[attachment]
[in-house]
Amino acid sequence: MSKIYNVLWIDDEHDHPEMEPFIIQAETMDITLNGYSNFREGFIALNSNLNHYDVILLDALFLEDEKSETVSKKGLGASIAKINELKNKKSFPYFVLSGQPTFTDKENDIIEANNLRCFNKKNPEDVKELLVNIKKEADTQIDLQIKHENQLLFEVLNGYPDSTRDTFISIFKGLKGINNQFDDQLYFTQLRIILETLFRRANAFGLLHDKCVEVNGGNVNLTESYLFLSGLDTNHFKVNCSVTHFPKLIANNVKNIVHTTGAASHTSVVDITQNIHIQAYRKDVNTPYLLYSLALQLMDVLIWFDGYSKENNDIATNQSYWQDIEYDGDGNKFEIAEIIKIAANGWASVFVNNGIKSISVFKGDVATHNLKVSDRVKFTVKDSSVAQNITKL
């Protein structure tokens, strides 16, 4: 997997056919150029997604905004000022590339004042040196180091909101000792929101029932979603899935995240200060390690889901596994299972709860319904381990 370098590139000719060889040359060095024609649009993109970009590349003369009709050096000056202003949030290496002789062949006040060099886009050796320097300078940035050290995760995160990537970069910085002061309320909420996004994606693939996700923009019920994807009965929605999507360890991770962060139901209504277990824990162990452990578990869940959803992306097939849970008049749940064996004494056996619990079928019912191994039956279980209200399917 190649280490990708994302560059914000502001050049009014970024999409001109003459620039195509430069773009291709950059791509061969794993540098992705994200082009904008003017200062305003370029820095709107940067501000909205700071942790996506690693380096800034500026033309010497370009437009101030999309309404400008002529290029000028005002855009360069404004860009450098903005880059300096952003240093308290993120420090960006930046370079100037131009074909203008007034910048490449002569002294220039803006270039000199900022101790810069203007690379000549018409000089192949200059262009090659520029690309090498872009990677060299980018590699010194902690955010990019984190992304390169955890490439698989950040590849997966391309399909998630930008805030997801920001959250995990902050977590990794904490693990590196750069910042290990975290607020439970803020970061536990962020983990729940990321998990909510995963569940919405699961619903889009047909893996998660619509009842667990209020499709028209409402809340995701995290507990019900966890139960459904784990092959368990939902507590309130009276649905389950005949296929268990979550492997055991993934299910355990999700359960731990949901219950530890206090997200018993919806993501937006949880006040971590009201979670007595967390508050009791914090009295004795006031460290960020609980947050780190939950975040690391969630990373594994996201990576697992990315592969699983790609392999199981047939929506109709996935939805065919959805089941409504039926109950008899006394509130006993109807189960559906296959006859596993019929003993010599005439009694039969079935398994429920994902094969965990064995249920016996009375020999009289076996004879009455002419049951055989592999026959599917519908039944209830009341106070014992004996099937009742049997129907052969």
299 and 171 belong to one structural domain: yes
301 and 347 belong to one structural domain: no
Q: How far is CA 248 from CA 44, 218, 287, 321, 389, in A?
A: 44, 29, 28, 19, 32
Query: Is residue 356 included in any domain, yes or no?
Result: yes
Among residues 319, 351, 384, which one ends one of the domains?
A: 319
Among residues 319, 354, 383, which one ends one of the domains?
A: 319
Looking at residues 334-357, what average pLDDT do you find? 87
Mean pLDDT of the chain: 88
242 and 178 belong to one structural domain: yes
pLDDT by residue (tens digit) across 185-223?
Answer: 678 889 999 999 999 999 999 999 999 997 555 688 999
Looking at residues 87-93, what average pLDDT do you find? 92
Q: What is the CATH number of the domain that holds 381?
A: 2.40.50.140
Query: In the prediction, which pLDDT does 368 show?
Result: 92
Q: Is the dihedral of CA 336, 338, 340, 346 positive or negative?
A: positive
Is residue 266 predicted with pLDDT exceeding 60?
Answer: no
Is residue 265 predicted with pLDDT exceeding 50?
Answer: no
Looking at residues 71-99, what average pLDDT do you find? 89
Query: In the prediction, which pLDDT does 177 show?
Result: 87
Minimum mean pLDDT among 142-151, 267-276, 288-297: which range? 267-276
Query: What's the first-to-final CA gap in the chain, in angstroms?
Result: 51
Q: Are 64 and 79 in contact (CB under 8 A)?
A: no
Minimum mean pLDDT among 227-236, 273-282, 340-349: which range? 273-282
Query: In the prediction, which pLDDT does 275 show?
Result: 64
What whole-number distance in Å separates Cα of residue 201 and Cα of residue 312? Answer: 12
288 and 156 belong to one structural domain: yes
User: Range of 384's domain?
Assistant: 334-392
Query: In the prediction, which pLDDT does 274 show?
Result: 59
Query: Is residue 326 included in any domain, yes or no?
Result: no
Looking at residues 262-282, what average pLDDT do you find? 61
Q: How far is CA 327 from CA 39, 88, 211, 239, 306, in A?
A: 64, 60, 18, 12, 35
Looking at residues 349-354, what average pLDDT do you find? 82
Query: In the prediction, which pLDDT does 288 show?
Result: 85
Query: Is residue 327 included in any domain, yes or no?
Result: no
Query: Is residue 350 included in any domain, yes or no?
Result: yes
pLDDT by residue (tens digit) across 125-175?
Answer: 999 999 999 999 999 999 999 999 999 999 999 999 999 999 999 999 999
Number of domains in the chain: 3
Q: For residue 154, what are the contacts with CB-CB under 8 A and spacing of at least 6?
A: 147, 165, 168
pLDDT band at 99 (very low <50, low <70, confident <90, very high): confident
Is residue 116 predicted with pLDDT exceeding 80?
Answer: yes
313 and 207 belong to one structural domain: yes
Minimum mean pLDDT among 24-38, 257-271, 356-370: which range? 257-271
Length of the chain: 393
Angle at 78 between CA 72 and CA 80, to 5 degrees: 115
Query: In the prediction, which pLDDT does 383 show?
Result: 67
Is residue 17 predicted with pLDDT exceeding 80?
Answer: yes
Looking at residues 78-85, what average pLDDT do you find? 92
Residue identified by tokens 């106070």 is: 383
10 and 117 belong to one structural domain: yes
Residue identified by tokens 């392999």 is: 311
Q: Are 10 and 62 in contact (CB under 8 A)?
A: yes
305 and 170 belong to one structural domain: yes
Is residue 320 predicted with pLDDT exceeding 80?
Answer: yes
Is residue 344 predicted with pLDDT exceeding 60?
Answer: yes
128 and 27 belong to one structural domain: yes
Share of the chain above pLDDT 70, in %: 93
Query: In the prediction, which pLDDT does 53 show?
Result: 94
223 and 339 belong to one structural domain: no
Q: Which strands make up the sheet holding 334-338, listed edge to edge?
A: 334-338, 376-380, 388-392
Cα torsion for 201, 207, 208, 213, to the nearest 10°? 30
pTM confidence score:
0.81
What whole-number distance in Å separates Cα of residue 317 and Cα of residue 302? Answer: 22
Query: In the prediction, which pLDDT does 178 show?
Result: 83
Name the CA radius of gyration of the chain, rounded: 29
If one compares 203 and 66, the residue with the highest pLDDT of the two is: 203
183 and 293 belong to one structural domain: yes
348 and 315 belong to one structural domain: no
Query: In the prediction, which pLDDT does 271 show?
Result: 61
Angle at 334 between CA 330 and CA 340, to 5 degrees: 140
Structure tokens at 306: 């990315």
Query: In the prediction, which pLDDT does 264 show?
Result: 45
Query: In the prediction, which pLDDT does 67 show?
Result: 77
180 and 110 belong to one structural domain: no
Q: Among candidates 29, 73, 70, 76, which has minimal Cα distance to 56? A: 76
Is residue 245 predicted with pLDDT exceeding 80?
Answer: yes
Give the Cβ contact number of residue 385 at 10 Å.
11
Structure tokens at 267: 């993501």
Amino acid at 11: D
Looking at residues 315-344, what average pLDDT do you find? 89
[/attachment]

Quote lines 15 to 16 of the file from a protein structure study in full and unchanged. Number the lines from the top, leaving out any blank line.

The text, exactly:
Mean pLDDT of the chain: 88
242 and 178 belong to one structural domain: yes